An age old animal sacrifice continues… Kapparot

Posted in: Activism



It is once again the time of year when tens of thousands of innocent beings are killed in the streets for tradition. The Kapparot, a customary Jewish atonement ritual, is set to begin the weekend of October 8th in preparation for Yum Kippur. It is a ritual involving chickens that are used as sacrifices to absolve one’s sins. Chickens are bought by individuals to rid them of their sins and then slaughtered in broad daylight in front of hundreds of people. The birds are executed by having their wings held back and their throat sliced open. Since the chickens are broiler chickens they have breasts much larger than they would without genetic mutation. When their wings are pulled back it tears the tendons in their shoulders and the chickens scream in pain just as you or I would if our tendons were forcefully torn. They are then tossed into a trashcan without even having the chance to bleed out. They are still very much alive, necks dripping with blood and wings flapping violently. Soon after, another bird (who shared a similar fate) is thrown on top. With tens of birds sacked on top of each other in the trash they usually die from suffocation before they bleed out.

Not only is their death horrible, but the days before they are killed are full of suffering. Chickens are stuffed into milk crates so tightly that they do not have room to open their wings, much less, turn around. Thousands of chickens are piled in these crates onto trucks and transported hours away to their destination. They are left for days without food or water until it is time for their execution. This tradition kills over 50,000 chickens in less than a week. According to the Code of Jewish Law, the chickens are supposed to be treated “humanely”, however, they are most certainly treated like objects, things devoid of life. They are tortured for days before they are savagely killed. Their flesh is supposed to be donated to feed the poor but because they do not acquire the necessary permits, it is no surprise that they do not slaughter the animals in suitable conditions (or even refrigerate the remains) so the carcasses are thrown into landfills.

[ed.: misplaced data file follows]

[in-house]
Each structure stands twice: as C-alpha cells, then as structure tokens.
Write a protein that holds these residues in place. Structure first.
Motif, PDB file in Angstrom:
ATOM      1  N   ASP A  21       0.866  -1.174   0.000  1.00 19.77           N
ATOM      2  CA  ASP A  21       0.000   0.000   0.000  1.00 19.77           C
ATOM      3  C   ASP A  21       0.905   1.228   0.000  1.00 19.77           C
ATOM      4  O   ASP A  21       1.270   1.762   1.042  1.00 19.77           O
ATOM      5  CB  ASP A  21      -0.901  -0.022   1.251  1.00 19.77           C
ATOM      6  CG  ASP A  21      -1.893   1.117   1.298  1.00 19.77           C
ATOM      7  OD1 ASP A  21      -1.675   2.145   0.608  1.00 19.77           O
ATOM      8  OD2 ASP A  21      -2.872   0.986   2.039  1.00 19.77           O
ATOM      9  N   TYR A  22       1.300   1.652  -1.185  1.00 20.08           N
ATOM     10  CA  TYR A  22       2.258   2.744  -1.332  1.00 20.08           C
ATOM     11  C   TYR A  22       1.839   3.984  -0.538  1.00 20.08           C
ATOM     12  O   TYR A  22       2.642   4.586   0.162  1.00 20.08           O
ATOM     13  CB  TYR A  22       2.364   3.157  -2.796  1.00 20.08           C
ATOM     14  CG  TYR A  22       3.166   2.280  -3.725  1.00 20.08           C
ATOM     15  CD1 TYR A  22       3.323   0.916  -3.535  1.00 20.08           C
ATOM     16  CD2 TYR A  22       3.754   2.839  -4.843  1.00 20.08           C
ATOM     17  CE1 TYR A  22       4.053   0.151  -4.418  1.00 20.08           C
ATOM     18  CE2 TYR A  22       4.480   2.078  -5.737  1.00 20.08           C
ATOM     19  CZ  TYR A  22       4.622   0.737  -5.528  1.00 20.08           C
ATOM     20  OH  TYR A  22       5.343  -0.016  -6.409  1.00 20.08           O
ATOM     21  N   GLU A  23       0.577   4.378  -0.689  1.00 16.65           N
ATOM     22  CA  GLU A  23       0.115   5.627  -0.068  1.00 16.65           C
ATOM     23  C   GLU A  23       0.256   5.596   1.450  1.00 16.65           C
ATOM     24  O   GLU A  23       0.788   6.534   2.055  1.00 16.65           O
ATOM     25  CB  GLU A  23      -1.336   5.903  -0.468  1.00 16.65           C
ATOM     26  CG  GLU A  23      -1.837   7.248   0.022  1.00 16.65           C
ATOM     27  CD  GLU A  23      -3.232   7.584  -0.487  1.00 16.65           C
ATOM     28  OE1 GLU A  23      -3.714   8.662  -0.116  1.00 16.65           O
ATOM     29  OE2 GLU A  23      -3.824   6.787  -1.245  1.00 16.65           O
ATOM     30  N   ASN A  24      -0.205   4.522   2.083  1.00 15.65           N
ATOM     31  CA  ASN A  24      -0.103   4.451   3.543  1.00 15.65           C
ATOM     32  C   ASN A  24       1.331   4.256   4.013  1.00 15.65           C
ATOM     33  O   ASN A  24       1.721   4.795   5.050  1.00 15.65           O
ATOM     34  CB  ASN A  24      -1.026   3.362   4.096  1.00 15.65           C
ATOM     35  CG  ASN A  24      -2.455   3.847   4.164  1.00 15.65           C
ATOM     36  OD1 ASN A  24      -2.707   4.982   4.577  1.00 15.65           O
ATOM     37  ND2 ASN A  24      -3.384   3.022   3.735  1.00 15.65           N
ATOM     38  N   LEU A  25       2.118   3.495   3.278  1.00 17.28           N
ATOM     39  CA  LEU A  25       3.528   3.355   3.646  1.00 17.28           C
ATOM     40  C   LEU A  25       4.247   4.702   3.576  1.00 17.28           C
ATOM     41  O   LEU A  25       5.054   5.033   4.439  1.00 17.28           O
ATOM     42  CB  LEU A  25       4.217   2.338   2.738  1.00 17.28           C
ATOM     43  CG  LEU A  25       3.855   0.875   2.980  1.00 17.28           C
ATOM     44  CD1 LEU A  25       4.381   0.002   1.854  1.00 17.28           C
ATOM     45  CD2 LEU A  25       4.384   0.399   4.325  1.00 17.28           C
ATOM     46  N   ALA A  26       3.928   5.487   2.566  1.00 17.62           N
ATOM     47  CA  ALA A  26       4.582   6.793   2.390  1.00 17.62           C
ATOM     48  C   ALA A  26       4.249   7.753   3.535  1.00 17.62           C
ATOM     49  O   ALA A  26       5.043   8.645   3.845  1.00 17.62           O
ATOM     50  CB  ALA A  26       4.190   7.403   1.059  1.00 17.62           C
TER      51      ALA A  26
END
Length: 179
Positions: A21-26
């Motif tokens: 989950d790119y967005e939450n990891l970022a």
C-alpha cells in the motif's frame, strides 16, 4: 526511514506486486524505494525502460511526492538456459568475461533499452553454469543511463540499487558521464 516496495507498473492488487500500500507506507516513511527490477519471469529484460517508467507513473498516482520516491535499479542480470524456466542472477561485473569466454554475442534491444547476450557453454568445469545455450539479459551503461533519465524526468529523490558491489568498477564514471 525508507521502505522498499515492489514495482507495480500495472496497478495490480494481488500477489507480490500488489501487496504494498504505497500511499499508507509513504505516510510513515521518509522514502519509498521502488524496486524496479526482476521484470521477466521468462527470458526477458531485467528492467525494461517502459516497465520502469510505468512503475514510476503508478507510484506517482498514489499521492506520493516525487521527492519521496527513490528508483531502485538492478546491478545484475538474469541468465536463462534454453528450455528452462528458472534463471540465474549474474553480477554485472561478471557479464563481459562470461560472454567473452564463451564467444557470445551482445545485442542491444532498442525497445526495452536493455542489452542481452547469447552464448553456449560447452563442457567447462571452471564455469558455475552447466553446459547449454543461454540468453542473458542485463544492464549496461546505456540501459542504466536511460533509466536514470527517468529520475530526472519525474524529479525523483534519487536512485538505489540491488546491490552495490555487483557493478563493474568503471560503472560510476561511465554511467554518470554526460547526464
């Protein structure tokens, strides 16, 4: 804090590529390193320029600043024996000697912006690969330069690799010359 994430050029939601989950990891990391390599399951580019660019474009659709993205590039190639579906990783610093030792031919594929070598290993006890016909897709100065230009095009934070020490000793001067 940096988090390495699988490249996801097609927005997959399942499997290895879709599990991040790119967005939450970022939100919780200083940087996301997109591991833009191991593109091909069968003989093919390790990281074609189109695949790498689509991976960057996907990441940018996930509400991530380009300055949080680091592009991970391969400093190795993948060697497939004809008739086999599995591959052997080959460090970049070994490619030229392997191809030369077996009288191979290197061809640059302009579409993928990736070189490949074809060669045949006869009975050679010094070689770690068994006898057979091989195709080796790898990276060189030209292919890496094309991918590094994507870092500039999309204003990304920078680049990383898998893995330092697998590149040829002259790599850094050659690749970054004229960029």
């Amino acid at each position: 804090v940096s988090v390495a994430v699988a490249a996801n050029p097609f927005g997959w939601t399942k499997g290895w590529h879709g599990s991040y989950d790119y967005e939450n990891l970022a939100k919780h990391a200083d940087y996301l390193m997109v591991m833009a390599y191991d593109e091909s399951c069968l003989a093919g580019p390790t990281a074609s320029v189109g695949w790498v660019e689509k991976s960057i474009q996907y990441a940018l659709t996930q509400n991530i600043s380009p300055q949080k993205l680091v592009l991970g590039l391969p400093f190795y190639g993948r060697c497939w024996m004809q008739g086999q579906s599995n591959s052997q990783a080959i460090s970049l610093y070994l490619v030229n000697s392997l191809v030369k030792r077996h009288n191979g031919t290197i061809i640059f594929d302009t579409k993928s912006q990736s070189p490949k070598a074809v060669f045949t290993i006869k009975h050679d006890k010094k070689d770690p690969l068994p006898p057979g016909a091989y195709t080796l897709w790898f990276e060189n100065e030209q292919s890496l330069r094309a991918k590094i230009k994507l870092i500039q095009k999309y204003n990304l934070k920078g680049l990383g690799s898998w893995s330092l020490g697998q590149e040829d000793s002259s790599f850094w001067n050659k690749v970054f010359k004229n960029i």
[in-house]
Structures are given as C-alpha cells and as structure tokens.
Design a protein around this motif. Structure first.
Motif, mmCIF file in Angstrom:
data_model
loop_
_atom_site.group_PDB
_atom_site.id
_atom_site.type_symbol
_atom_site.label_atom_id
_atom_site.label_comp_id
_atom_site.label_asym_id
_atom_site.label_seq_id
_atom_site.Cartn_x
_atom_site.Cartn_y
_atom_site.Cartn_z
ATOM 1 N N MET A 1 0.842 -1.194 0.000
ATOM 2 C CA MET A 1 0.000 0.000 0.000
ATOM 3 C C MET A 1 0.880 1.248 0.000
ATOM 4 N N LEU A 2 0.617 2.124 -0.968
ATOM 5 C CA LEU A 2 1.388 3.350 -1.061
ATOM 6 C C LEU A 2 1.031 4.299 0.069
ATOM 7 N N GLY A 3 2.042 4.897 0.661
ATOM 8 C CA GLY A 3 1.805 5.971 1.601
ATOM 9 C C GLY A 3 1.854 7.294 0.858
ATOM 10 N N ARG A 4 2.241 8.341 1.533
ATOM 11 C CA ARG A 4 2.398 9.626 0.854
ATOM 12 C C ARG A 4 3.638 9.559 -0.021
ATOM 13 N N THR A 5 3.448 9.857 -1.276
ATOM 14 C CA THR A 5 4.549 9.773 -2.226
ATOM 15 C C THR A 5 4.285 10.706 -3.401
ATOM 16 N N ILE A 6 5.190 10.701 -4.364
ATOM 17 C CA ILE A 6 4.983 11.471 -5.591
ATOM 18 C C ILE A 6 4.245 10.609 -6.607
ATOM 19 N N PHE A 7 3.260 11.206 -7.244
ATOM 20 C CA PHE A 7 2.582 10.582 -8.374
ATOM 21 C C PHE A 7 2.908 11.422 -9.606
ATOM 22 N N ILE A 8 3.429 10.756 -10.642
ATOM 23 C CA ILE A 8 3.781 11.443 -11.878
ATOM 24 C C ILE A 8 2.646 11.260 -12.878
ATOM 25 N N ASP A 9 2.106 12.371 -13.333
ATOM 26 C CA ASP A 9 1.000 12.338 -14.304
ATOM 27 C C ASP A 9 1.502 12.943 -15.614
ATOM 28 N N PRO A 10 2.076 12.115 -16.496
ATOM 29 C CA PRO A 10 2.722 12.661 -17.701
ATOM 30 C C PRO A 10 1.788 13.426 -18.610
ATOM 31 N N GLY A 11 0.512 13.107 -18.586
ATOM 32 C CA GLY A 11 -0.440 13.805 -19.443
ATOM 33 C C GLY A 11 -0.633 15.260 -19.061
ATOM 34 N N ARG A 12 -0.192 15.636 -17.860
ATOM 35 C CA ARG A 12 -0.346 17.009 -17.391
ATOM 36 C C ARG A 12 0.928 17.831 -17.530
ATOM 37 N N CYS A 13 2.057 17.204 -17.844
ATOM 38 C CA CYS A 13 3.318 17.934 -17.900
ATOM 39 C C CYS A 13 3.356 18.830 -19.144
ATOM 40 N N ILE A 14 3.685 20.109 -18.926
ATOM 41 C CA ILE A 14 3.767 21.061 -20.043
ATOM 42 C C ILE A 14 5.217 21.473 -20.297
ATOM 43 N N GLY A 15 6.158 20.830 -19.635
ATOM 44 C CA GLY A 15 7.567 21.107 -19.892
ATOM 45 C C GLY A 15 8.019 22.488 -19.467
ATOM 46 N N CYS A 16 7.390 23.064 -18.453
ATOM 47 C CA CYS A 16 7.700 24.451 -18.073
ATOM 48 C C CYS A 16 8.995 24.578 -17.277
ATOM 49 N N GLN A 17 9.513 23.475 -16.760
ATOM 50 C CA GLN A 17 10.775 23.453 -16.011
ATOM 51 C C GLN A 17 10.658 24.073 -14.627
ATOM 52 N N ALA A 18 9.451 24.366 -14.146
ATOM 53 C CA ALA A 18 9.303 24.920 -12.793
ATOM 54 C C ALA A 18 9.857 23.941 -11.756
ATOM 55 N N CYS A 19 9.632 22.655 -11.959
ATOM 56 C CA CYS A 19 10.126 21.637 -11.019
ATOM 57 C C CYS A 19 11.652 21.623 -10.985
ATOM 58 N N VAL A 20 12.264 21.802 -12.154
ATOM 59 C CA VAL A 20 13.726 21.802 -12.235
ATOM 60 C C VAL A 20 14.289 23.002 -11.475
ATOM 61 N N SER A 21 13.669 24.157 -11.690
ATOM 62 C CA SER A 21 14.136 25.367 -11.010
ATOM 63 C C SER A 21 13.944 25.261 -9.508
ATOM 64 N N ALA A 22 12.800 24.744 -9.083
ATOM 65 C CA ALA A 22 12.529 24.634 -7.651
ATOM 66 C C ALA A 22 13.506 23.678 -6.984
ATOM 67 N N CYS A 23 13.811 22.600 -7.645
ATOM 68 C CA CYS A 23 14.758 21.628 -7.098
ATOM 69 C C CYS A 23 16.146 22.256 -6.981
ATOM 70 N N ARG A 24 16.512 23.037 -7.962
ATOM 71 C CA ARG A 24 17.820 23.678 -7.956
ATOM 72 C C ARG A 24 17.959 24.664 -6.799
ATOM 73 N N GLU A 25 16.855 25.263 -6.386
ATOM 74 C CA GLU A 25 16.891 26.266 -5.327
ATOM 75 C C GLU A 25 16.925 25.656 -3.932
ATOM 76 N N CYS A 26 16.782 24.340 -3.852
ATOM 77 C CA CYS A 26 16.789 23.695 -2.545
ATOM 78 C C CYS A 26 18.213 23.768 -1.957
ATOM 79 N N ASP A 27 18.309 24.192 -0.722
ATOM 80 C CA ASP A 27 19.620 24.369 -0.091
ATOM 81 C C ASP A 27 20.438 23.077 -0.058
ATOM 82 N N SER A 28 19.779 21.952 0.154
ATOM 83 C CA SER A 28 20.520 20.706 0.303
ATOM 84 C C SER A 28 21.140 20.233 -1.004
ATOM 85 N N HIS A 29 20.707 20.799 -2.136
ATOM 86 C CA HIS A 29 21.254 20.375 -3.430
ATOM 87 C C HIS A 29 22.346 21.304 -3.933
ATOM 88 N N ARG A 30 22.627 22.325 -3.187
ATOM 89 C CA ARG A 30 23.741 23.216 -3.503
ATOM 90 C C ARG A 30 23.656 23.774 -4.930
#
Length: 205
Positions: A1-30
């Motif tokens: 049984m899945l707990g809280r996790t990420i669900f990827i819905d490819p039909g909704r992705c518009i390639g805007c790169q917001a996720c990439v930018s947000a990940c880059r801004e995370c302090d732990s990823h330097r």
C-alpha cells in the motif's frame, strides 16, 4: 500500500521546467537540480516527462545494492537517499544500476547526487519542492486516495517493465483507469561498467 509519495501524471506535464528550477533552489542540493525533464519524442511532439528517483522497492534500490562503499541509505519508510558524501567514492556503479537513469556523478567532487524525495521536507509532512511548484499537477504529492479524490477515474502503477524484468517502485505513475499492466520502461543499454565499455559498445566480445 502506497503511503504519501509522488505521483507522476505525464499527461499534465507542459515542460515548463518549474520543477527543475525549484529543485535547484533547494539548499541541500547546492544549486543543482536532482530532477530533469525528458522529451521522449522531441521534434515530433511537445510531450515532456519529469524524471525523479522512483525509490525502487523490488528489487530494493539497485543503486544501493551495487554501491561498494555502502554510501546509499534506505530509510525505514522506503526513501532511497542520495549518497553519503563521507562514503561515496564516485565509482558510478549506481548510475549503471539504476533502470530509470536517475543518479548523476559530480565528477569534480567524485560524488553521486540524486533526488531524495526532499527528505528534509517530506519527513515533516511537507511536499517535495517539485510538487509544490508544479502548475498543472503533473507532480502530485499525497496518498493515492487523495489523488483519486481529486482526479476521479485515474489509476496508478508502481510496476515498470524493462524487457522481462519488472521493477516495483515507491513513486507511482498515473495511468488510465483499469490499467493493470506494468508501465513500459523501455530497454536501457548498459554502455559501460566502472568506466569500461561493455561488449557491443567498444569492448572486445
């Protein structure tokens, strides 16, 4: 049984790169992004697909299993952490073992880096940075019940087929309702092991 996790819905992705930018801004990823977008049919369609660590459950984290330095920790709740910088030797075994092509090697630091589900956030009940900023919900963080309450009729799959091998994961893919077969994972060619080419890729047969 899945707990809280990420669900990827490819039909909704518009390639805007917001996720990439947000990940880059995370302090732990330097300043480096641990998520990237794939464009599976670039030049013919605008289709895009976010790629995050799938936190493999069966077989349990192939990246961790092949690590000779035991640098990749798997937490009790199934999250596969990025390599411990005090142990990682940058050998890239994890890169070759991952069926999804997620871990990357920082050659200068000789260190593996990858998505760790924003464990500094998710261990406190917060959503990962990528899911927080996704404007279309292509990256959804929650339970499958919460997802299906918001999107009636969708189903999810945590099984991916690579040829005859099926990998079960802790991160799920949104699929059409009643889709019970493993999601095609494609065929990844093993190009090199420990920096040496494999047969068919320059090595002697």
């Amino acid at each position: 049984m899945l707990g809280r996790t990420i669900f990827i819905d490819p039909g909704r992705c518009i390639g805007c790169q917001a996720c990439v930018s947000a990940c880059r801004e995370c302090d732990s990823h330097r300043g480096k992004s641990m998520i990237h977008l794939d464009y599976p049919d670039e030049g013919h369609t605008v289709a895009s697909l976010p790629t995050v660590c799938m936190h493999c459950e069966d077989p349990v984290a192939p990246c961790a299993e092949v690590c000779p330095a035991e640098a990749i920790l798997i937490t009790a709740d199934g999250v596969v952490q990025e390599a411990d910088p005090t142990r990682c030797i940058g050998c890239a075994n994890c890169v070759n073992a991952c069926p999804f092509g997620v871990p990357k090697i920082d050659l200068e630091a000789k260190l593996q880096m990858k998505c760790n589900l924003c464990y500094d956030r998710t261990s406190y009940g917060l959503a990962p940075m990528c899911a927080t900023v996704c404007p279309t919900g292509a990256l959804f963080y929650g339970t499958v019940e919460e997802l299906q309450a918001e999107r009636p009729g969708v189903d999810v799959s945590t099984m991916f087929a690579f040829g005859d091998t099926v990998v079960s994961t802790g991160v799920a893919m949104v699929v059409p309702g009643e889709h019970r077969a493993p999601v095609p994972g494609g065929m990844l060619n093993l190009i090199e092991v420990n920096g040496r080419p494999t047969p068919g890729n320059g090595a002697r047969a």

Chickens are used in Kapparot as vessels of sin. The prayer that is said follows: “This is my exchange, this is my substitute, this is my atonement. The rooster (chicken) will go to its death, while I will enter and proceed to a good long life and to peace.” Even the smallest of children take part in this violent act; pregnant women have the ritual done once for them as well as for their baby (even though the unborn child has not yet sinned, odd isn’t it?).

Personally, I am not religious but I have no problem with people following whatever religion they want; as long as it does not hurt others. Killing a chicken to atone for one’s sins is ludicrous; the person is the one who sinned but yet the innocent chicken is punished. There is another version of this sacrifice that uses money as atonement instead of a live chicken. The money is then given to charity; however, this version is not practiced as often because using the chicken is more profitable. People pay $40-50 per chicken, it’s all about making money.

As you can imagine, many animal rights organizations oppose this practice. It happens in Brooklyn NY, Israel, Lakewood NJ, and many other places around the world. We, the Animal Advocates, are traveling to New York to protest the event from 10/9-10/11. Not only that, we will be rescuing chickens that would be slaughtered and bringing them to Animal Rescue Inc. There, they will live out their natural lives – cared for and loved. If you would like to visit these beautiful birds – please let us know!

Whether it’s 45 million turkeys for Thanksgiving, 50,000 chickens for Kapparot, or 15,000 dogs for the Yulin Dog Meat Festival, killing animals in the name of tradition is wrong. Standing up for animals by actively protesting and advocating for a cruelty-free vegan lifestyle is what will change hearts and minds.

If we can be anything in this world, we should be kind.

-The 15th Dalai Llama

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